It is the third year in a row that the number of live births has dropped, the Office for National Statistics (ONS) said.
The birth rate has hit a record low, decreasing from 11.6 to 11.1 live births per 1,000 people – the lowest since records began in 1938.
But why should the number of children that parents choose to have be any business of the state’s minions? It was only a generation ago that overpopulation alarmist Paul Ehrlich was arguing that a tax penalty of $600 per child should be imposed on families. (This was in 1968, when the U.S. median income stood at $7,700 per household.)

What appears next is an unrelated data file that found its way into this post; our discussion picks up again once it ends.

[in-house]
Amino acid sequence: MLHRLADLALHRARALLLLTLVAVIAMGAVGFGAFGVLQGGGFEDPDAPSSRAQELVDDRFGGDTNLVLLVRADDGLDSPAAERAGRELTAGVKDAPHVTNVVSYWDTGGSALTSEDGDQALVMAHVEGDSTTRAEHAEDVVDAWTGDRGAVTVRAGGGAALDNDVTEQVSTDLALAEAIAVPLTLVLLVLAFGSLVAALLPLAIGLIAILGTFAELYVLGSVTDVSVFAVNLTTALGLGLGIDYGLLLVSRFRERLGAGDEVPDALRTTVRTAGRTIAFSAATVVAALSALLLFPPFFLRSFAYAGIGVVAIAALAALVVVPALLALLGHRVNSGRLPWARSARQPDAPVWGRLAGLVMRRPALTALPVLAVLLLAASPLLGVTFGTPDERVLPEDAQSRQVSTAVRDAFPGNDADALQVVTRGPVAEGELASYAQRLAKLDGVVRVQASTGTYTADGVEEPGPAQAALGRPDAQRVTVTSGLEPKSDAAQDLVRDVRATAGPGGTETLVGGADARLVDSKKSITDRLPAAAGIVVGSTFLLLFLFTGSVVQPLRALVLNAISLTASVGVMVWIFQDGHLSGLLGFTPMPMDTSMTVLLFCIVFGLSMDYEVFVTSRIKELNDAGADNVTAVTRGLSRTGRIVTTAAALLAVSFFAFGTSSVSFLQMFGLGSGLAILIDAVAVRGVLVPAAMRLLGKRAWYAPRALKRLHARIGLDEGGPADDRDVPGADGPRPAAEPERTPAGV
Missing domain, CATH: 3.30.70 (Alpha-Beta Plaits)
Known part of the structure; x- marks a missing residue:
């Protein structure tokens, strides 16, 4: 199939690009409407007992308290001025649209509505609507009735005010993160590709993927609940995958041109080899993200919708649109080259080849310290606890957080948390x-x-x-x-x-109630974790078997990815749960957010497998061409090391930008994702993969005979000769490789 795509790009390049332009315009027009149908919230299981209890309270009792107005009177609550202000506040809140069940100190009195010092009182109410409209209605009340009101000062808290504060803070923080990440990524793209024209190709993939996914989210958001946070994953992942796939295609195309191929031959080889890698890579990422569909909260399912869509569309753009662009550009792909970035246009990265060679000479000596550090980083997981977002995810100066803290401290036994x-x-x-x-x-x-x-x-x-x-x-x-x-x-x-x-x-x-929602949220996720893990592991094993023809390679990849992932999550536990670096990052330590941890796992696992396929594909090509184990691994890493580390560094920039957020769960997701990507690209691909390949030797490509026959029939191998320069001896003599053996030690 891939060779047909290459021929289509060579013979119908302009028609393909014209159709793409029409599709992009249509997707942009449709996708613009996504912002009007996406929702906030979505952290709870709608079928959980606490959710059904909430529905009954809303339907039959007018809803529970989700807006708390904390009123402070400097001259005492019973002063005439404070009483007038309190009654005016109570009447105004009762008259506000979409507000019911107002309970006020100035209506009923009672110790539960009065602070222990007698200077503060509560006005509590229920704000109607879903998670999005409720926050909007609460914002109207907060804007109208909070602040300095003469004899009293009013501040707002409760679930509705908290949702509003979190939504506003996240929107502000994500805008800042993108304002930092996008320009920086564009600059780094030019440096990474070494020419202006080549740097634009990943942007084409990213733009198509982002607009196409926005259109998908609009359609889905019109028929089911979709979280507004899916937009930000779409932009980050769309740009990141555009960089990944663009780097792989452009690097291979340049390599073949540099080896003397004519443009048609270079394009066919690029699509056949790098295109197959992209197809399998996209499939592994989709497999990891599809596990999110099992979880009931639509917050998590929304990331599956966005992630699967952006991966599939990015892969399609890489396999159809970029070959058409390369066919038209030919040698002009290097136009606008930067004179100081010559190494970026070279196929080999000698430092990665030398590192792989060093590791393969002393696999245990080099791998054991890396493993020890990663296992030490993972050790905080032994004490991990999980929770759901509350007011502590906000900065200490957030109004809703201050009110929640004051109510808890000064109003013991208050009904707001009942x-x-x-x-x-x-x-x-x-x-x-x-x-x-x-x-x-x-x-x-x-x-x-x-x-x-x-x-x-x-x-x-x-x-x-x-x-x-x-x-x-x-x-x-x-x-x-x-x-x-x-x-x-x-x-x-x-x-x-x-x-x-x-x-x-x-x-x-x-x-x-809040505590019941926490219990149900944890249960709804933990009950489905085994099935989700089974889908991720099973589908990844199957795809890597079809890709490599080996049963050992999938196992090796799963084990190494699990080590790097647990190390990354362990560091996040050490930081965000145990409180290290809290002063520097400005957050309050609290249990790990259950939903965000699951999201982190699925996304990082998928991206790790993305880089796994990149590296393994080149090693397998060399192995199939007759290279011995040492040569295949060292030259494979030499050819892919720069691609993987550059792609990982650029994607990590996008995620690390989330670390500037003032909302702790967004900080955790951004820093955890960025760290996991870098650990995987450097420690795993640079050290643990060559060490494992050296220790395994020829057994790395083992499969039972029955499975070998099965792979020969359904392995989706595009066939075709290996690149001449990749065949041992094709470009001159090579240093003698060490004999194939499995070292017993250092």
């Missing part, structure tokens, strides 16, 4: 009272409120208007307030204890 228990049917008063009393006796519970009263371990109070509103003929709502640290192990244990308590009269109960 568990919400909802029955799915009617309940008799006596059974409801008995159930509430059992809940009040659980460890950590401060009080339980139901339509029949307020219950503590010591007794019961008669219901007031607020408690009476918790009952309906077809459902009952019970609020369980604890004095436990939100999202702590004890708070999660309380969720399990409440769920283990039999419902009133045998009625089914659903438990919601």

Having fewer children is also undoubtedly positive from an environmental point of view; recent research has found that having one fewer child reduces a parent’s carbon footprint by 58 tonnes of CO2 a year.